A one-year contract might not be so promising in the long-term, as there are rumblings that such a situation might prompt Tatar to eventually leave Detroit.
Khan provides a rosier update for Andreas Athanasiou. Without arbitration rights, the Red Wings might be able to leverage the speedy forward into a cheap deal. Khan pegs a possible deal at two years with a cap hit of $1.5 million.
While Athanasiou and Tatar are more crucial scenarios, there’s also the question of possibly bringing back Thomas Vanek.
The oldest:Jaromir Jagr, 45, won’t be returning to the Florida Panthers. But he still wants to play. The future Hall of Famer had 16 goals and 30 assists in 82 games last season.
The most points last season:Thomas Vanek, 33, was reportedly talking with “several teams” on July 1, but no deal yet. Vanek split 2016-17 between Detroit and Florida. The fact he only scored two goals in 20 games for the Panthers may have hurt his value, but he did have 48 points in 68 games overall.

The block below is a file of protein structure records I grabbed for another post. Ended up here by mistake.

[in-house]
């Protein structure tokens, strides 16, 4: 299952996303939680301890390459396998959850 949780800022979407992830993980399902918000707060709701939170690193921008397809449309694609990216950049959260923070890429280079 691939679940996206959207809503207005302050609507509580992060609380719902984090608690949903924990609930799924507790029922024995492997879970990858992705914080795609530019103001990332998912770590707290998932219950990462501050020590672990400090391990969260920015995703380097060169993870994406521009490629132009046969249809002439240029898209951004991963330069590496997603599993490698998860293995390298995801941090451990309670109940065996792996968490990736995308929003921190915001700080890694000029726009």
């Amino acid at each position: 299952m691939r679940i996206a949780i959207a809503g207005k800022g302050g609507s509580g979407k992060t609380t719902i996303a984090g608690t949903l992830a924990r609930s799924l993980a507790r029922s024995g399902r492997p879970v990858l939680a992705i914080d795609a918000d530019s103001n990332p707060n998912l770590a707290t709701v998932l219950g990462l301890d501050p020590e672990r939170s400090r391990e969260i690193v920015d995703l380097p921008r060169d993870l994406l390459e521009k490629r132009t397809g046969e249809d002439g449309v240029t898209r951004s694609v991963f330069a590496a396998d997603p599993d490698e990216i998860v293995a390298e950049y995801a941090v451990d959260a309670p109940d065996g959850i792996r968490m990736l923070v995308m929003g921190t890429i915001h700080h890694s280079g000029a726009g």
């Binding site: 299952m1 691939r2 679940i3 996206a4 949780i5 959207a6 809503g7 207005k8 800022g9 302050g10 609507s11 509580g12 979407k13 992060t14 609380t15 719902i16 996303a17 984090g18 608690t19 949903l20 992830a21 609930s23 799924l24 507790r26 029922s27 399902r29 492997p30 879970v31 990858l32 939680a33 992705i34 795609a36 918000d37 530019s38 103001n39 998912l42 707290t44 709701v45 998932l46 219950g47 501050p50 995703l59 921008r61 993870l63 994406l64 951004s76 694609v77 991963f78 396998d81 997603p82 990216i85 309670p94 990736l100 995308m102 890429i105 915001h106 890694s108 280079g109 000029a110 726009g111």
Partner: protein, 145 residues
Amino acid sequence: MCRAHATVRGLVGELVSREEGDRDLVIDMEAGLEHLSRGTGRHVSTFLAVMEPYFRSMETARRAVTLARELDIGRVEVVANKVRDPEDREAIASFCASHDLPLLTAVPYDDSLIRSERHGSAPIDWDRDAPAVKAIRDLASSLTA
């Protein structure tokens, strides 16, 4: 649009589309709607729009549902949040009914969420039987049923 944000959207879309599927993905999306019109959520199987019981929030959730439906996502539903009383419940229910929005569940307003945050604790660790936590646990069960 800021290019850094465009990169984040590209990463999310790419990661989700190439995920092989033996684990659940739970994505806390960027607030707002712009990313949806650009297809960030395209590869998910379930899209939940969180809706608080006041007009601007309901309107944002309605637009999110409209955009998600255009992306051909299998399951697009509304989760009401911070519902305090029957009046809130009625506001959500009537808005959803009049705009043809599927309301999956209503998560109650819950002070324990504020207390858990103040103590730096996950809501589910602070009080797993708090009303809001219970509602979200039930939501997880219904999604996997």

The most goals:Mike Fisher, 37, is apparently considering retirement. But if he decides to keep playing, it’s hard to imagine he signs with anyone but Nashville. Fisher had 18 goals in 72 games last season, then helped the Predators to their first Stanley Cup Final in franchise history.
The most points by a defenseman:Andrei Markov had 36 points (6G, 30A) for Montreal. The Habs would like to bring the 38-year-old back, but GM Marc Bergevin says his final offer has been made. The message to Markov? Take it or leave it.
The most right-shot defenseman: We’ll give this to Cody Franson, the 29-year-old who’s spent the last two years in Buffalo. Franson is no savior, but he’s not too old, and he was pretty productive on the power play during his days with the Maple Leafs.
The most Rocket Richard Trophies:Jarome Iginla, 40, is still unsigned. The two-time leading goalscorer in the NHL scored just 14 times last season for Colorado. He wants to keep playing, but it remains to be seen if he’ll get an offer he likes.
The most fast (a.k.a. the fastest):Viktor Stalberg can still fly at 31 years old, and he’s got plenty of postseason experience to boot. The Ottawa Senators would like to keep him, and he’d like to stay. But the two sides have yet to reach a deal, so he may have to look elsewhere.
The most under-30: Among regular NHLers last season, 24-year-old defenseman Nikita Nesterov is the youngest UFA. He became an unrestricted free agent after the Canadiens chose not to extend a qualifying offer.